In one of its biggest strikes against cyber crooks stealing corporate and personal financial data, the Justice Department said a multi-national effort has disrupted the computer malware cited as the leading “Trojan” targeting online banking transactions in 2013, McClatchy Newspapers reports. Prosecutors unsealed charges in Pittsburgh and Omaha against a Russian man alleged to have acted as an administrator of the network, and authorities seized computer servers integral to its operation. The case offers a glimpse of an increasingly aggressive U.S. strategy for thwarting “botnets” that infect banking and personal computers worldwide to create powerful networks through which cyber criminals can engage in an array of schemes.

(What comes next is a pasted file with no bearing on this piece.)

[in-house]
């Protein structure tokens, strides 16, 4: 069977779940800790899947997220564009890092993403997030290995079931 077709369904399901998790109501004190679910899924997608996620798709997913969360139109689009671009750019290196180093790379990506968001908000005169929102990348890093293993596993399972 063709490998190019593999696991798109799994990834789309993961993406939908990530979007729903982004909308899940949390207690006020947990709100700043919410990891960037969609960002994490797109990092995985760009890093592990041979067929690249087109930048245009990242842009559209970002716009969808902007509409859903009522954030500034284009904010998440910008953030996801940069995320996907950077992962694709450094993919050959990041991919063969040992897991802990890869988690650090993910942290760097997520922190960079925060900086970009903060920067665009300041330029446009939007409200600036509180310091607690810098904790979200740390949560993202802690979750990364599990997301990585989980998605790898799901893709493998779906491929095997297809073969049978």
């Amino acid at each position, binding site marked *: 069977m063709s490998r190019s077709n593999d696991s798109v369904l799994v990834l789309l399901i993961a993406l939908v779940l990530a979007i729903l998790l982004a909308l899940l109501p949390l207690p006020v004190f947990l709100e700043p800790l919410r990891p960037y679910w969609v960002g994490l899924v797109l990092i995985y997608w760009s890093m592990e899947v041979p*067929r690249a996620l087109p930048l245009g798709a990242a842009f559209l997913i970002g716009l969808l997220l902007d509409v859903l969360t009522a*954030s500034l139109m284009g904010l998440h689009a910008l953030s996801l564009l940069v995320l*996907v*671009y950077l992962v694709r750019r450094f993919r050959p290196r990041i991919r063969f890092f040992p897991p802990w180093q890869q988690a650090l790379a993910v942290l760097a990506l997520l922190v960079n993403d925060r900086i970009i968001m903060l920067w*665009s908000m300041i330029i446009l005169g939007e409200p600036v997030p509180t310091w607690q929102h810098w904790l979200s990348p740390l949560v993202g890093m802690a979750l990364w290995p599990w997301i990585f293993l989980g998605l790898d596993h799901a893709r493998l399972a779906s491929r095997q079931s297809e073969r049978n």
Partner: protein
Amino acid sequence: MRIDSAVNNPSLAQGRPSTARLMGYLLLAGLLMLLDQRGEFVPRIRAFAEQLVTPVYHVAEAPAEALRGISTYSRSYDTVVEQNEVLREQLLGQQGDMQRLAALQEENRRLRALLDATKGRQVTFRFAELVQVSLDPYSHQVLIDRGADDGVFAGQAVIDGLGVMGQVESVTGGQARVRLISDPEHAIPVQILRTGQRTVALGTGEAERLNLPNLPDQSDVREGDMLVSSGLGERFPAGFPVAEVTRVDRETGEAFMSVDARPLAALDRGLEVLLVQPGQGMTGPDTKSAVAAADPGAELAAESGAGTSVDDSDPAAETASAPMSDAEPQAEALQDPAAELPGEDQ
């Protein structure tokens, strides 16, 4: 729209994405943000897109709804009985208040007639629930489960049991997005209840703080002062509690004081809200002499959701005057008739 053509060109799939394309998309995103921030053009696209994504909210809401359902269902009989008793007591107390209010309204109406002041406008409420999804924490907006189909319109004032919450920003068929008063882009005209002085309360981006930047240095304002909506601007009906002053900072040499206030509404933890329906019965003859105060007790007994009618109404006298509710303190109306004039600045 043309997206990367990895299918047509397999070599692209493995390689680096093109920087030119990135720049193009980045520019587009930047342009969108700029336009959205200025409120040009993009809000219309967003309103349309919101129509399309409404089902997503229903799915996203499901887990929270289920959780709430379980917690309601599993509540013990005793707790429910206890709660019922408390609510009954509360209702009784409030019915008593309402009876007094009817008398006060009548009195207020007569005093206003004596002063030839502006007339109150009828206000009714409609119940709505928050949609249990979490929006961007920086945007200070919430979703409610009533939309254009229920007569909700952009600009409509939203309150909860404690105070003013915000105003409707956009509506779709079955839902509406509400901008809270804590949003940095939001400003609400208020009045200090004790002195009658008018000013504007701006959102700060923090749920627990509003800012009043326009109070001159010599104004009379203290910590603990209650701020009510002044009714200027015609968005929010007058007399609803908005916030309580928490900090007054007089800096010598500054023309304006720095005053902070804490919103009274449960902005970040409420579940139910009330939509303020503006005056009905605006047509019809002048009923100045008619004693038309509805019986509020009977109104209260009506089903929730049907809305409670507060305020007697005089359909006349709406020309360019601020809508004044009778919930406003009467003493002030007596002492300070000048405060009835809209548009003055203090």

Among them: capturing banking passwords and credentials for use in directing wire transfers to overseas accounts. The latest enforcement target is the Gameover Zeus Botnet, which allegedly has been used to steal millions of dollars from businesses and consumers. The malware silently infects computers and directs them to reach out to receive commands from other computers in the network and funnel stolen banking credentials back to those who control the software. Researchers estimate that up to 1 million computers are infected worldwide with the botnet, 25 percent of them in the U.S. Gameover Zeus has been used to distribute a program known as Crytolocker that infects victims' computers and encrypts their files until they pay a ransom of up to $700 for a key that will unlock their computers.